Design a model

Designing a model is quite tricky! A detailed treatment is out of the scope of this article. We will describe the basic components of a model and how we designed ours. Under the hood, our AI relies on a neural network. You can think of a neural network as a collection of neurons, a bit like in our brains. That’s why in the case of a zombie apocalypse, AI would be eaten by Zombies, too.

When all neurons in a network are connected to each other, this is called fully-connected or dense. This can be considered the most basic type of neural network. Since we would like our AI to recognize hand gestures from images, we use something a bit more advanced and suited for images, known as convolutional neural network (CNN). Convolutions reduce the dimensionality of images, extract important patterns and preserve local relationships between pixels. To design a model we use the TensorFlow library which provides ready-made neural network components, called layers, that make creating neural networks easy!

Creating a model means stacking layers. The right combination of them is crucial to develop a robust and high-accuracy model. The figure below shows the different layers that we are using. Conv2D represents a convolutional layer. The BatchNormalization layer applies a form of normalization to the output of the layer above. Then we feed the data into the activation layer, which introduces non-linearity and filters out unimportant data points. Next, maximum pooling reduces the size of an image similar to convolution. This block of layers is repeated a few times; the right amount is determined by experience and experimentation. After that, we use the flattening layer to reduce the two-dimensional images to a one-dimensional array. Lastly, the array is densely connected to three neurons which represent the classes rock, paper and scissors.

def make_model_simple_cnn(INPUT_IMG_SHAPE, num_classes=3):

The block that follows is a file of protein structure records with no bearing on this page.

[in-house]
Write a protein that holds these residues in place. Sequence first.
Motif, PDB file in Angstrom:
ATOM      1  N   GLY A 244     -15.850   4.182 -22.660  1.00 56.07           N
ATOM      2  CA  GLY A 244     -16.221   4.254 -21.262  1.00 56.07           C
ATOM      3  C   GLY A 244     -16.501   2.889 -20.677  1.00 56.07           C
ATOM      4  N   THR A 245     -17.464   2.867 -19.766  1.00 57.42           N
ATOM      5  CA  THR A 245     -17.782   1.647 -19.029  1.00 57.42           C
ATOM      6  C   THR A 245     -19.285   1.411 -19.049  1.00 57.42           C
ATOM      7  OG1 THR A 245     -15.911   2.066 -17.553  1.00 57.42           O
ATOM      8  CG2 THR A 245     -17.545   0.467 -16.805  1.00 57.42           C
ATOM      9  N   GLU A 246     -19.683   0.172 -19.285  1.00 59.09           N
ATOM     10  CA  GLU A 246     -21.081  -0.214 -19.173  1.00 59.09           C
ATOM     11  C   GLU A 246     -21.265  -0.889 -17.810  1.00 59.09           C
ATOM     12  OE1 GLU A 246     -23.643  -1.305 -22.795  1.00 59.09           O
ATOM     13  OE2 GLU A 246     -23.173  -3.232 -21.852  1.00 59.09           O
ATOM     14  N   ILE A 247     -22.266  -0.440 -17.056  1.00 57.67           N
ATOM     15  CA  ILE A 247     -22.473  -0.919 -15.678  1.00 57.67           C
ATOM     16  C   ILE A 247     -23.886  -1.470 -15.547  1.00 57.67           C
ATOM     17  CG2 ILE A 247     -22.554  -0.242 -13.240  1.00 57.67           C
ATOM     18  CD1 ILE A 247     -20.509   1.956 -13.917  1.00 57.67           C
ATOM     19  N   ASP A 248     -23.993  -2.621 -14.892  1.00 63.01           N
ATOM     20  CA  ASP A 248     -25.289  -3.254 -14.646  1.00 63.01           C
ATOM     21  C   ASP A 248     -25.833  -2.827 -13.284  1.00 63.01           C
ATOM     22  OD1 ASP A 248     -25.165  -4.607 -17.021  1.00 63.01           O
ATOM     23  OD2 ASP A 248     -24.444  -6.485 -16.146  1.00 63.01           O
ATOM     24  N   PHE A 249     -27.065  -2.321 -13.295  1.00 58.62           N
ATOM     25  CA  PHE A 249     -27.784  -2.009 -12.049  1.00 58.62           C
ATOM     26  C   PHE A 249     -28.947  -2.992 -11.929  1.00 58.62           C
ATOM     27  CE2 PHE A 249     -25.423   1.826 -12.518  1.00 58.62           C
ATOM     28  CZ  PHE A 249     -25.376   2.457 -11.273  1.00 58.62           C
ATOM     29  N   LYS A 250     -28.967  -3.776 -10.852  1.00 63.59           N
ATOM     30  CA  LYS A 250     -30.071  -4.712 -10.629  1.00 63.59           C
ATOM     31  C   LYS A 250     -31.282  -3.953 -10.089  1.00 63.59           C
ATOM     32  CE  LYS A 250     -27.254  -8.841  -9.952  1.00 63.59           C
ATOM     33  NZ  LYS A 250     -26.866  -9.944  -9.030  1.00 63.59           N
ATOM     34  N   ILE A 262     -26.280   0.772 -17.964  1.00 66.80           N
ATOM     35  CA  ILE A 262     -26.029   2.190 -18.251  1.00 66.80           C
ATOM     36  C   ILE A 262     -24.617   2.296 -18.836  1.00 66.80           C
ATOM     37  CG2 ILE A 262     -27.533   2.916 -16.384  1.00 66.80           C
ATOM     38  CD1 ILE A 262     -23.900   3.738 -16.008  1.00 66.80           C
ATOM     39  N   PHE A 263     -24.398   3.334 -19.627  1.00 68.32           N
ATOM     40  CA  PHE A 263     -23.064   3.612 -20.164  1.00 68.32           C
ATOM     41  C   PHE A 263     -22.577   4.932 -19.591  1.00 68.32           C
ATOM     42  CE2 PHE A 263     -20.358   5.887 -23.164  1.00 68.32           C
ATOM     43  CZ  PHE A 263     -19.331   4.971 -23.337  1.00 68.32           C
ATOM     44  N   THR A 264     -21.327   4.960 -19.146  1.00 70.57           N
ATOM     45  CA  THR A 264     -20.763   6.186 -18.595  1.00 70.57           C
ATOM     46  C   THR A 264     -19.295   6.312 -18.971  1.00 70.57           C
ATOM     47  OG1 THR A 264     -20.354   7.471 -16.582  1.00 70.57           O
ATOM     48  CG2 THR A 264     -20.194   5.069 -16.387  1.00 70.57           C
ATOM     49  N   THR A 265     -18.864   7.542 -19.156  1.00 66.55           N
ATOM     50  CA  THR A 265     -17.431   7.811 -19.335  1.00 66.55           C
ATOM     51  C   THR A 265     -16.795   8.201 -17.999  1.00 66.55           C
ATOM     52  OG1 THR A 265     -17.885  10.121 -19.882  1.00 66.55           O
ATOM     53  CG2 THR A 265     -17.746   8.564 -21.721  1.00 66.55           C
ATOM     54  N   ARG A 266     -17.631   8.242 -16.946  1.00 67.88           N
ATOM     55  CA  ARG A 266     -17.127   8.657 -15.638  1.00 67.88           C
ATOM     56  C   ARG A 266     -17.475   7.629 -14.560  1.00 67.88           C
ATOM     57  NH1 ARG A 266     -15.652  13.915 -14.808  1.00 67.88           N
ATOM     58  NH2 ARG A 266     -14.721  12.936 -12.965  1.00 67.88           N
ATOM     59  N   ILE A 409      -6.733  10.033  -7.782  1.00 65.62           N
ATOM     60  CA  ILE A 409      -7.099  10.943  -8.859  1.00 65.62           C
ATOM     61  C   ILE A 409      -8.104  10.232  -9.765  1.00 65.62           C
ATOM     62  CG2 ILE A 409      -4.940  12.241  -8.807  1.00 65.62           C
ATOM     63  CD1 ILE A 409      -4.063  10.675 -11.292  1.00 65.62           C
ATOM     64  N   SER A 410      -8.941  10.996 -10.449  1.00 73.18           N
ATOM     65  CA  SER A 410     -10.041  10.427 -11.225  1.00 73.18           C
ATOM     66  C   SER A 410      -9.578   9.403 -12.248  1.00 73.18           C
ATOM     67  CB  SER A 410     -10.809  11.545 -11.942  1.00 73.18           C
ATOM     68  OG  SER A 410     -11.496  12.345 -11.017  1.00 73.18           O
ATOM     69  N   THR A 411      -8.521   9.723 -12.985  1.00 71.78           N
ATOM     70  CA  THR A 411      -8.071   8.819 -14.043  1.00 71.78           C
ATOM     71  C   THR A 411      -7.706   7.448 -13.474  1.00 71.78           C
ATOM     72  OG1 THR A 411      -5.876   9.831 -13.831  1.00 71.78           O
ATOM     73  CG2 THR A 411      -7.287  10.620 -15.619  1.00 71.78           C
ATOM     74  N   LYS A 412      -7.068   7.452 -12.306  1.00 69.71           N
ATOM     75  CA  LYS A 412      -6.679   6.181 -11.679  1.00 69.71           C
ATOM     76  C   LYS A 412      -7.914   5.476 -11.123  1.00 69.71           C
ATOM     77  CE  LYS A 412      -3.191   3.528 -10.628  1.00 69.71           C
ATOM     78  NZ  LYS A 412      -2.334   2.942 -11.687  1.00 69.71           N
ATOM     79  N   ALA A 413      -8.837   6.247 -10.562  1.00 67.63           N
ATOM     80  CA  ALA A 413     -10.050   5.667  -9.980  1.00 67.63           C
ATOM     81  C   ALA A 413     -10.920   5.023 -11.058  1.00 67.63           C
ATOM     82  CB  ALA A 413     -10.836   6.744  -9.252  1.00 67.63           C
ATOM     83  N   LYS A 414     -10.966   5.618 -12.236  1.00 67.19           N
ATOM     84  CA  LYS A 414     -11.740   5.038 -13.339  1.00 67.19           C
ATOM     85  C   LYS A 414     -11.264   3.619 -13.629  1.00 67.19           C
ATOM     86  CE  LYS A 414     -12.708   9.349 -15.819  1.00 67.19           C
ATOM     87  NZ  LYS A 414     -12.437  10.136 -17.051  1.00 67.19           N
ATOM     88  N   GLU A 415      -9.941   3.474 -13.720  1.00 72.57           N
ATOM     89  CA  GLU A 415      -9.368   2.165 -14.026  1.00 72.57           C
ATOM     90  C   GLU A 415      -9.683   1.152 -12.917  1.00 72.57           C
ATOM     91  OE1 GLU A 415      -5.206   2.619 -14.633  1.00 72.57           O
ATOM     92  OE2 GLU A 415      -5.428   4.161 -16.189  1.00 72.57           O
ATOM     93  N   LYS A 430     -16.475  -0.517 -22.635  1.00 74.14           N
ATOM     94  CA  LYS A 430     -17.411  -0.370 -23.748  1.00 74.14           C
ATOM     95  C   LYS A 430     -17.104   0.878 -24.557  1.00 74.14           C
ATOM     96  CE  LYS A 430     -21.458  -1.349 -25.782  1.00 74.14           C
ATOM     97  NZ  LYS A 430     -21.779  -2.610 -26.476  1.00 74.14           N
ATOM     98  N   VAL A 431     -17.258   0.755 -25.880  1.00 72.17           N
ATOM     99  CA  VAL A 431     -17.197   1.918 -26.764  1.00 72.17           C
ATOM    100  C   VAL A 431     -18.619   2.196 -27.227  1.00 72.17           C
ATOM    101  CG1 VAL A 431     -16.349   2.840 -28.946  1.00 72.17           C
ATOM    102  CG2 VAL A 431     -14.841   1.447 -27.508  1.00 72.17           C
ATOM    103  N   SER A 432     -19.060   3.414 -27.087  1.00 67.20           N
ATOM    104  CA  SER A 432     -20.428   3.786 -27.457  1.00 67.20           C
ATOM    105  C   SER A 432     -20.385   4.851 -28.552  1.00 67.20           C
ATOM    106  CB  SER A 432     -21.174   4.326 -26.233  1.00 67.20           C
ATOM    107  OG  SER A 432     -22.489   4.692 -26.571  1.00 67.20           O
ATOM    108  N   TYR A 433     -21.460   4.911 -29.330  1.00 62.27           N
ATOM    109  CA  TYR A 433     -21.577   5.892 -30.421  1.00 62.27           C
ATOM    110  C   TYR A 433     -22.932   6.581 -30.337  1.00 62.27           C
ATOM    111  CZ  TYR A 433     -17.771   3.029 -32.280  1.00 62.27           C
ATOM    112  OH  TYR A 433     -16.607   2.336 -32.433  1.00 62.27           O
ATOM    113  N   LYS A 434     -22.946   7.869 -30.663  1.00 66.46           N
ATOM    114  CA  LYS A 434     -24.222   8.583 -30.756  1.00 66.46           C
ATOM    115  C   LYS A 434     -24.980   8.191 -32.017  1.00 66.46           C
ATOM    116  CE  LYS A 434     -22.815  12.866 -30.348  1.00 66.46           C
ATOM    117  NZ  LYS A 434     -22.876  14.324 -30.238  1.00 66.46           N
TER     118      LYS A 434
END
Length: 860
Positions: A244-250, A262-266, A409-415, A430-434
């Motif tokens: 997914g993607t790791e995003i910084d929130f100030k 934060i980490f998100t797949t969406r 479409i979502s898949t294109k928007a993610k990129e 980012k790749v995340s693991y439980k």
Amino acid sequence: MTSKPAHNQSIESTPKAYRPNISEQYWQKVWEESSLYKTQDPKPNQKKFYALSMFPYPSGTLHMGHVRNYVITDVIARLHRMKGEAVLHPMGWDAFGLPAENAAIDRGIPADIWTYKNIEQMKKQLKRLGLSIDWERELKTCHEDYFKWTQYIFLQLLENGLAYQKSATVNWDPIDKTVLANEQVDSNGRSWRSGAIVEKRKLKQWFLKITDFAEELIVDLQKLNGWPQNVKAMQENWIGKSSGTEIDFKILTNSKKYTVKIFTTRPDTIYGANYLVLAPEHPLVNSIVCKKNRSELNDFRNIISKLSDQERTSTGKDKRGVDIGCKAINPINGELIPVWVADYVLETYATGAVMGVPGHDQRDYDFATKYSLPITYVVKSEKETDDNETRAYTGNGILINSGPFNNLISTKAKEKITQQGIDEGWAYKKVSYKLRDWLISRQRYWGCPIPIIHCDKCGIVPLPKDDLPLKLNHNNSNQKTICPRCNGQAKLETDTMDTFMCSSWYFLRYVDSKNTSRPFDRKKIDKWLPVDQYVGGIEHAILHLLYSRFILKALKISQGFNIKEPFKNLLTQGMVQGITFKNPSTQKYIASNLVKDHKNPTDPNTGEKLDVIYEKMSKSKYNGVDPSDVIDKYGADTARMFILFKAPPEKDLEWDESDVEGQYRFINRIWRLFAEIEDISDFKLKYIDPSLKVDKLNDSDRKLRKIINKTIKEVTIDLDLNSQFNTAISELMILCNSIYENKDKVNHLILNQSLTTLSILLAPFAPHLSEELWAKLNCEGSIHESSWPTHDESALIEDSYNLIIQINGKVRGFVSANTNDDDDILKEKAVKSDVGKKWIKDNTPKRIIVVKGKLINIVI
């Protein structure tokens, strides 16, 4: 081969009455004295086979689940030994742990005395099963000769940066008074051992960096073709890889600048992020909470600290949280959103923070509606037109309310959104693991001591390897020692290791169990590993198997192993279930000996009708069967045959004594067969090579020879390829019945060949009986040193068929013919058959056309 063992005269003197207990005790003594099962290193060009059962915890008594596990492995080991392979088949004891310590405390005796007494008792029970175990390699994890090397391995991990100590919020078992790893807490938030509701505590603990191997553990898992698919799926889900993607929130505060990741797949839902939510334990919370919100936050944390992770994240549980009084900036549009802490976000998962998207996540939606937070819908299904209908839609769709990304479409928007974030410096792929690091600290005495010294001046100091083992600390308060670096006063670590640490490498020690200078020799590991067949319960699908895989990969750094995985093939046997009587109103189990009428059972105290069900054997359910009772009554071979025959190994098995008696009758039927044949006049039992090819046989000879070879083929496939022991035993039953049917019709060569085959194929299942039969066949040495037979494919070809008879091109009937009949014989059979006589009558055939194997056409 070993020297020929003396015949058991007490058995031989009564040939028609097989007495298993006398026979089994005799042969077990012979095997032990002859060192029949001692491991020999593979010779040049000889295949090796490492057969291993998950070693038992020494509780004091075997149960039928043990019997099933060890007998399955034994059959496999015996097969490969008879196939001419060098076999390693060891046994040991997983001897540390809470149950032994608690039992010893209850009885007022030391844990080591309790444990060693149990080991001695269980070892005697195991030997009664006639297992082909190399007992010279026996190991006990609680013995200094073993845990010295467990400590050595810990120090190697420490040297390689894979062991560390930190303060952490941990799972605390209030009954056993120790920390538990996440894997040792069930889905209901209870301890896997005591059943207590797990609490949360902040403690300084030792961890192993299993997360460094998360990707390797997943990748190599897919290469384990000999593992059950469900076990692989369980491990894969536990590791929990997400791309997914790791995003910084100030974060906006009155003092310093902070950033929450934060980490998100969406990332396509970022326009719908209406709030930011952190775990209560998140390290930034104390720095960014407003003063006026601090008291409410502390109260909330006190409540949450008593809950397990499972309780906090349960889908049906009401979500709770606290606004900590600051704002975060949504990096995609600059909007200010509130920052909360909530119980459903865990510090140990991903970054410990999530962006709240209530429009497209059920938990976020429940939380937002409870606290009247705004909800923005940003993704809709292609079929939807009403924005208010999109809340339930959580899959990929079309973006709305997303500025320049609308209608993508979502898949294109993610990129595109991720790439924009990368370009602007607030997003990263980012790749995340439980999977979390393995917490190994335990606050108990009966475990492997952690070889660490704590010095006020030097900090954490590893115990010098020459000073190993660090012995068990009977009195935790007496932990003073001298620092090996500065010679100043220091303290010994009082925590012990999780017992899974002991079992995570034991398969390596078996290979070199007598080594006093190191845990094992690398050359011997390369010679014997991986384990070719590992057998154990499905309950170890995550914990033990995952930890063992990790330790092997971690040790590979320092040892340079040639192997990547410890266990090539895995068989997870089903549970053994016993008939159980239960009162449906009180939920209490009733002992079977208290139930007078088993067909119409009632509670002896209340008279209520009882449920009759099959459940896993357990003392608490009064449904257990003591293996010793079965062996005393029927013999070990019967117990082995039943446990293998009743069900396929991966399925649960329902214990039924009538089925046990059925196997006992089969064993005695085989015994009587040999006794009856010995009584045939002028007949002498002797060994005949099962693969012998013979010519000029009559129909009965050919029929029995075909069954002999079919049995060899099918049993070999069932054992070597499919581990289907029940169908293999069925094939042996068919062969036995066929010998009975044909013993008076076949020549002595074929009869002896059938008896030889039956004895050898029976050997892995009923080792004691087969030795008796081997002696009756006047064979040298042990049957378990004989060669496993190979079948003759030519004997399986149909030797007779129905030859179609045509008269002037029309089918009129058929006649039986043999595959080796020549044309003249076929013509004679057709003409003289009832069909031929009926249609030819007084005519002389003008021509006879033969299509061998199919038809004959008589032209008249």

inputs = keras.Input(shape=INPUT_IMG_SHAPE)
    x = inputs

    x = layers.Rescaling(1.0 / 255)(x)
    x = layers.Conv2D(16, 3, strides=3, padding="same")(x)
    x = layers.BatchNormalization()(x)
    x = layers.Activation("relu")(x)
    x = layers.MaxPooling2D()(x)
    x = layers.Conv2D(32, 3, strides=2, padding="same", activation="relu")(x)
    x = layers.MaxPooling2D()(x)
    x = layers.Conv2D(64, 3, padding="same", activation="relu")(x)
    x = layers.MaxPooling2D()(x)
    x = layers.Flatten()(x)
    x = layers.Dropout(0.5)(x)


    outputs = layers.Dense(units=num_classes, activation="softmax")(x)
    return keras.Model(inputs, outputs)

Train a model

Once we have designed a model, we are ready to train it. Initially, the AI model will make random predictions. A prediction is a probability connected to a label, in our case that’s rock, paper, or scissors. Our AI tells us how likely it considers an image to be each label. Because the AI is guessing labels at the start, it will often get labels wrong. Training happens after the predicted label is compared to the real label. Prediction errors lead to updates between the neurons in the network. This form of learning is called gradient descent. Because we built our model in TensorFlow, training is as easy as one, two, three. Below, you see what the output produced during training – the higher the accuracy (train set) and validation accuracy (test set), the better!

Epoch 1/6
480/480 [==============================] - 17s 34ms/step - loss: 0.4738 - accuracy: 0.6579 - val_loss: 0.3744 - val_accuracy: 0.8718
Epoch 2/6
216/480 [============>.................] - ETA: 7s - loss: 0.2753 - accuracy: 0.8436

During training, multiple problems can occur. The most common problem is overfitting. As the model is exposed to the same examples over and over, it will start memorizing the training data by heart instead of learning the underlying patterns. Surely, you remember from school that understanding is better than memorization! At some point, the accuracy on the train data may continue going up while the accuracy on the test set doesn’t. This is a clear indicator of overfitting.

Convert a model

After training, we obtain an AI model in the TensorFlow format. Because the ESP-EYE cannot interpret this format, we change the model into a microprocessor readable format. We start with the conversion into a TfLite model. TfLite is a more compact TensorFlow format, which causes the model to decrease in size using quantization. TfLite is commonly used in edge devices, such as smartphones or tablets, all around the world. The last step is to convert the TfLite model to a C array, as the microcontroller is not capable of interpreting TfLite directly.